Sri Lankan Malays

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Sri Lankan Malays
Melayu Langkapuri
Melayu Sri Lanka
ශ්‍රී ලංකා මැලේ
இலங்கை மலாய்
Sri Lankan Malay Father and Son.jpg
Sri Lankan Malay man and child, 19th century.
Total population
40,189[1]
(0.20% of the population) (2012)
Regions with significant populations
Province
 Western 24,718
 Southern 8,343
 Central 2,889
 North Western 1,675
Languages
Religion
Islam (Sunni)
Related ethnic groups

Sri Lankan Malays (also known in Sinhalese language as Ja Minissu meaning Javanese (Sinhalese: ශ්‍රී ලාංකා මැලේ; Tamil: இலங்கை மலாய்) – a catch-all term historically used for all natives of the Malay Archipelago – are an ethnic Malays who reside in Sri Lanka. They number approximately 40,000, and make up 0.20% of the Sri Lankan population. Sri Lankan Malays first settled in the country when both Sri Lanka and Indonesia were Dutch colonies, i.e. during Dutch Ceylon, while a second wave (1796–1948) came from the Malay Peninsula, when both Malaya and Sri Lanka were in the British Empire.

Significant Malay presence in Sri Lanka dated as early as 13th century, when Chandrabhanu Sridhamaraja, a Malay of Tambralinga managed to occupy northern part of the island in 1247, nonetheless the followers of Chandrabhanu would mostly assimilate to the local population.[2] Many of the ancestors of present-day Sri Lankan Malays coming from soldiers posted by the Dutch which later continued by the British for colonial administration to Sri Lanka, who decided to settle on the island. Other immigrants were convicts or members of noble houses from Dutch East Indies (present day Indonesia) who were exiled to Sri Lanka and who never left. The main source of a continuing Malay identity is their common Malay language, the Islamic faith and their ancestral origin from the Malay Archipelago. Many Sri Lankan Malays have been celebrated as courageous soldiers, politicians, sportsmen, lawyers, accountants and doctors.

Malay place names in Sri Lanka[edit]

Historical population
YearPop.±%
1881 8,900—    
1891 10,100+13.5%
1901 11,900+17.8%
1911 13,000+9.2%
1921 13,400+3.1%
1931 16,000+19.4%
1946 22,500+40.6%
1953 25,400+12.9%
1963 33,400+31.5%
1971 43,500+30.2%
1981 47,000+8.0%
1989 (est.) 48,000+2.1%
2001 54,800+14.2%
2011 40,189−26.7%
Source:Department of Census
& Statistics
[3]
Data is based on
Sri Lankan Government Census.

Some place names in Sri Lanka have references, indicating the presence of Javanese and Malay communities or contribution to the location.[4] Some of these are:

and names of streets such as Malay Street, Java Lane, Jalan Padang [5]

Language[edit]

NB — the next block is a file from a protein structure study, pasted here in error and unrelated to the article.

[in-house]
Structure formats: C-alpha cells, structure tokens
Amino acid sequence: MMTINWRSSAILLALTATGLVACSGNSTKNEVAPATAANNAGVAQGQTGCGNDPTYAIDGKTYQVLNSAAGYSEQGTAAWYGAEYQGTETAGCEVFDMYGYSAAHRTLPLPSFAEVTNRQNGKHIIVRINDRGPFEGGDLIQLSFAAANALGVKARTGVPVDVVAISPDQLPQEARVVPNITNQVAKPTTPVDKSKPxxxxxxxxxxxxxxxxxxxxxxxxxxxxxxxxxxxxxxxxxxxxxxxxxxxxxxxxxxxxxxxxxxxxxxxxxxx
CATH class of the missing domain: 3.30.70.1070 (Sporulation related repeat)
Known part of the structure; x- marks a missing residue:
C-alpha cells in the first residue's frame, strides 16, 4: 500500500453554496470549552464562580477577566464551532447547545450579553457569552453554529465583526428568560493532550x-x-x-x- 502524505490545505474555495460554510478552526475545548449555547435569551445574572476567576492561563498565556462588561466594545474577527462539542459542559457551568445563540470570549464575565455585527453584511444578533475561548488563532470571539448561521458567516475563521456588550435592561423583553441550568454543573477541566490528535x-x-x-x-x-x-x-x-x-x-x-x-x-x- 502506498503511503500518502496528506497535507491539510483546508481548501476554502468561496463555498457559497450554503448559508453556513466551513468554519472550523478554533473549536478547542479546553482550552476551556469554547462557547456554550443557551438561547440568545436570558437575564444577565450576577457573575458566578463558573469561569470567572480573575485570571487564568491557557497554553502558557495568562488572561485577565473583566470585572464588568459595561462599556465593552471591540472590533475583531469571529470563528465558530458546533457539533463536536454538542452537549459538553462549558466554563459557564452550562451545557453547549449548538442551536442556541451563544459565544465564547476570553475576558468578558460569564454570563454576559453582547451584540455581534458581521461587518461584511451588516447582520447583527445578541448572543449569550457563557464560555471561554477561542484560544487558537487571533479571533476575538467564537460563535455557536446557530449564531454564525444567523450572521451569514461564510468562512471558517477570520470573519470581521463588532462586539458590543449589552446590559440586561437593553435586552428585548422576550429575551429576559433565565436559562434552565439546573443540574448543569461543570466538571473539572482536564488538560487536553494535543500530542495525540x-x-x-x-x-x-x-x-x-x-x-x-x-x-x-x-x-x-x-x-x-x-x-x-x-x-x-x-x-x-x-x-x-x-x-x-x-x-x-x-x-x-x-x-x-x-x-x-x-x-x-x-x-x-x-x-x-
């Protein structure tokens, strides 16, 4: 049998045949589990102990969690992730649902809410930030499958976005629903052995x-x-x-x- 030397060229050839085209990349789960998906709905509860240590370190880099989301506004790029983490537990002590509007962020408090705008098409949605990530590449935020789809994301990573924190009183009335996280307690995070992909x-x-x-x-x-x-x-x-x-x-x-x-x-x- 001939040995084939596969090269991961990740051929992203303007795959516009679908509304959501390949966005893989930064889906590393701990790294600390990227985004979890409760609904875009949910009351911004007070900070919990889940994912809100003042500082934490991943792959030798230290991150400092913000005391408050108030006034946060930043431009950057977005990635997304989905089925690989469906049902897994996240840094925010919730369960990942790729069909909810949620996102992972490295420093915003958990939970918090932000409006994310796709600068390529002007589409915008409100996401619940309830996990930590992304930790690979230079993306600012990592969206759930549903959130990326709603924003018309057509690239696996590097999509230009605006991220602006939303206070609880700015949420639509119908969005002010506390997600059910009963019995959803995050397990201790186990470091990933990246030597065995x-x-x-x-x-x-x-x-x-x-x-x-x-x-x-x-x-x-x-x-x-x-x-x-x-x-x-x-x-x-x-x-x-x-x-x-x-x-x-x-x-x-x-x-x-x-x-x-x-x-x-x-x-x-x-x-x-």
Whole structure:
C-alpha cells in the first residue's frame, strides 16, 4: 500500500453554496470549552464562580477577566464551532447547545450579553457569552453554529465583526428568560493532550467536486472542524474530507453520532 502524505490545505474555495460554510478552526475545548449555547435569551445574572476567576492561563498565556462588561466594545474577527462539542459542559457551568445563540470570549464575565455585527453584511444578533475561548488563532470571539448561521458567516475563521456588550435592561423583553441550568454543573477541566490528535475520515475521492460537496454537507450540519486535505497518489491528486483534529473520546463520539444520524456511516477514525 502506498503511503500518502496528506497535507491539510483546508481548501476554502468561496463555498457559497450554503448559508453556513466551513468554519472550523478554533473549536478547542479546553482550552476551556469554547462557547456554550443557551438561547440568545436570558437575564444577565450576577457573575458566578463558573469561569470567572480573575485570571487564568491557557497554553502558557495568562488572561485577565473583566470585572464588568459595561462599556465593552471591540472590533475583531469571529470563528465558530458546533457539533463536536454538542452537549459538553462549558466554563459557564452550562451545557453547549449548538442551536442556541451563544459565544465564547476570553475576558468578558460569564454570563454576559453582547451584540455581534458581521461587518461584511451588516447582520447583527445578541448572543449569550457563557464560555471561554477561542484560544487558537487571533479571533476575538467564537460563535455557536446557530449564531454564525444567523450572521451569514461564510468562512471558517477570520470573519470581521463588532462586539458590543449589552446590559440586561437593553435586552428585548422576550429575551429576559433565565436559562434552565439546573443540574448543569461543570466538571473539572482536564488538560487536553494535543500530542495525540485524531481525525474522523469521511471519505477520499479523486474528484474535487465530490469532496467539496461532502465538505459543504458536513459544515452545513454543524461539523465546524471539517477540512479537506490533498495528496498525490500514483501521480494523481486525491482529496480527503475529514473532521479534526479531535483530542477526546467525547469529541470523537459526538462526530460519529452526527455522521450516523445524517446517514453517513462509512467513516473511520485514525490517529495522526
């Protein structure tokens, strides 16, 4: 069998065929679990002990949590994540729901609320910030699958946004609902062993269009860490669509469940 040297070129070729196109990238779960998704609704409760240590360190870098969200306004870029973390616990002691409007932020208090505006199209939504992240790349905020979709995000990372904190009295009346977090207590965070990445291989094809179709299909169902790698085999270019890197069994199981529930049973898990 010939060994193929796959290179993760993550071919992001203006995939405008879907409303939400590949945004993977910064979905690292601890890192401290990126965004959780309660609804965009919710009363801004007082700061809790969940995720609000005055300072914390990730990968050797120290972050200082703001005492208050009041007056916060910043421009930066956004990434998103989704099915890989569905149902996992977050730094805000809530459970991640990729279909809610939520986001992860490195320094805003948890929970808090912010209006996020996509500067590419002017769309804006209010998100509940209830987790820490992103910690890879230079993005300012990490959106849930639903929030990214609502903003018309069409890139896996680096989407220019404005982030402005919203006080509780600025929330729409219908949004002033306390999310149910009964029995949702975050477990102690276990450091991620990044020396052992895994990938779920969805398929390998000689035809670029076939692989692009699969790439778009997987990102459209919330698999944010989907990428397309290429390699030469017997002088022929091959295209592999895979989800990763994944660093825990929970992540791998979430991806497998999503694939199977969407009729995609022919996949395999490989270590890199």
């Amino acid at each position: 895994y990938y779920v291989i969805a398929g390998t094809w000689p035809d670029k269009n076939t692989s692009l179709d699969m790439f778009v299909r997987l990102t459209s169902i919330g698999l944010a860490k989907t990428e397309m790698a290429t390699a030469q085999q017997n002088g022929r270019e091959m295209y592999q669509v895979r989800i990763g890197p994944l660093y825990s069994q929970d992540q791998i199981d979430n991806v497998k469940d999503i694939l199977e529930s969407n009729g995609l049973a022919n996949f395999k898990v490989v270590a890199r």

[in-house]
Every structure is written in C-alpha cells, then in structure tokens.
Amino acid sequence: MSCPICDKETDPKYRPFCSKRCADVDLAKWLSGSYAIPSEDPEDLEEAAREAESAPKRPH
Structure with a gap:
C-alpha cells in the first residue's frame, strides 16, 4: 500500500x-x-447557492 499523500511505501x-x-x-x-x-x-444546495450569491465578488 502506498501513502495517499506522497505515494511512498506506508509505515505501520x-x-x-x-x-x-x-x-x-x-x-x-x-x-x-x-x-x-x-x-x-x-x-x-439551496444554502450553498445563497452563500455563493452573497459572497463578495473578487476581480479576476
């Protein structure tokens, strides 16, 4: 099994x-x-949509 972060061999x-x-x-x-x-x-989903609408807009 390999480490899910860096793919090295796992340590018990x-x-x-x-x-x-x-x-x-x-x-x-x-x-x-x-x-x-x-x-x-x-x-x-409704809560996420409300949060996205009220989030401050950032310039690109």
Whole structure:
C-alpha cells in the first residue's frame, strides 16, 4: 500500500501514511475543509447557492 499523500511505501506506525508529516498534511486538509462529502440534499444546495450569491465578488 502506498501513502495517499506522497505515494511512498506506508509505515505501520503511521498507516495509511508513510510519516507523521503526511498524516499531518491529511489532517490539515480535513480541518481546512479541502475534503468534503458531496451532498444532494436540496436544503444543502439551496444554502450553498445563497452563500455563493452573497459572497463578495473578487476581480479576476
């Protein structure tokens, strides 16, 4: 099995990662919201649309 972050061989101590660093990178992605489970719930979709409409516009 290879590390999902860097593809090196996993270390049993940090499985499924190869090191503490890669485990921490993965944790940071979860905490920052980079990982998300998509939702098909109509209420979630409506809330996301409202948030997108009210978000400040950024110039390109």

Religion[edit]

Like their ancestors in present-day Indonesia and Malaysia, Sri Lankan Malays are Muslim.[7] Mosques were erected by the local Malays along the coasts of Sri Lanka in places like Hambantota, Beruwela, and Galle. The Jawatte mosque in Colombo and Masjidul Jamiya, the military mosque in Slave Island, are acclaimed mosques renowned for their architecture and long history.[citation needed] The first two storey of the Grand Mosque in Sri Lanka was built by HH Mohammed Balankaya, an exiled Malay noble of the Royal House of Gowa (in present-day Sulawesi, Indonesia).[8] Today the mosque is of great significance and is a symbol of Muslims in Sri Lanka and is the Grand Mosque of Sri Lanka where decisions made here affect the lives of the island's Muslim population.[9]

Organisations[edit]

  • All Ceylon Malay Political Union
  • Colombo Malay Cricket Club
  • Sri Lanka Malay Association
  • Malay Association Kolonnawa Electorate (MAKE)
  • Conference of Sri Lanka Malays

.Dunia Melayu Dunia Islam

Notable Sri Lankan Malays[edit]

See also[edit]

References[edit]

  1. ^ "A2 : Population by ethnic group according to districts, 2012". Census of Population & Housing, 2011. Department of Census & Statistics, Sri Lanka. 
  2. ^ http://www.rootsweb.ancestry.com/~lkawgw/malays1.htm Malays in Sri Lanka
  3. ^ "Population by ethnic group, census years" (PDF). Department of Census & Statistics, Sri Lanka. Archived from the original (PDF) on 13 November 2011. Retrieved 23 October 2012. 
  4. ^ http://www.dailynews.lk/2002/01/25/fea02.html
  5. ^ a b c d e f g h i j k Careem, Tuan M. Zameer.(2017). Persaudaraan (Brotherhood). Malay Life in Sri Lanka (2nd ed). Colombo: S Godage & Brothers. Print
  6. ^ [1]
  7. ^ http://www.dailynews.lk/2002/01/25/fea02.html
  8. ^ B. D. K. Saldin (1996). Orang Melayu Sri Lanka Dan Bahasanya. Sridevi Printers Publication. p. 17. ISBN 95-594-1902-1. 
  9. ^ DK (2016). DK Eyewitness Travel Guide Sri Lanka. Dorling Kindersley Ltd. p. 69. ISBN 02-412-8997-1.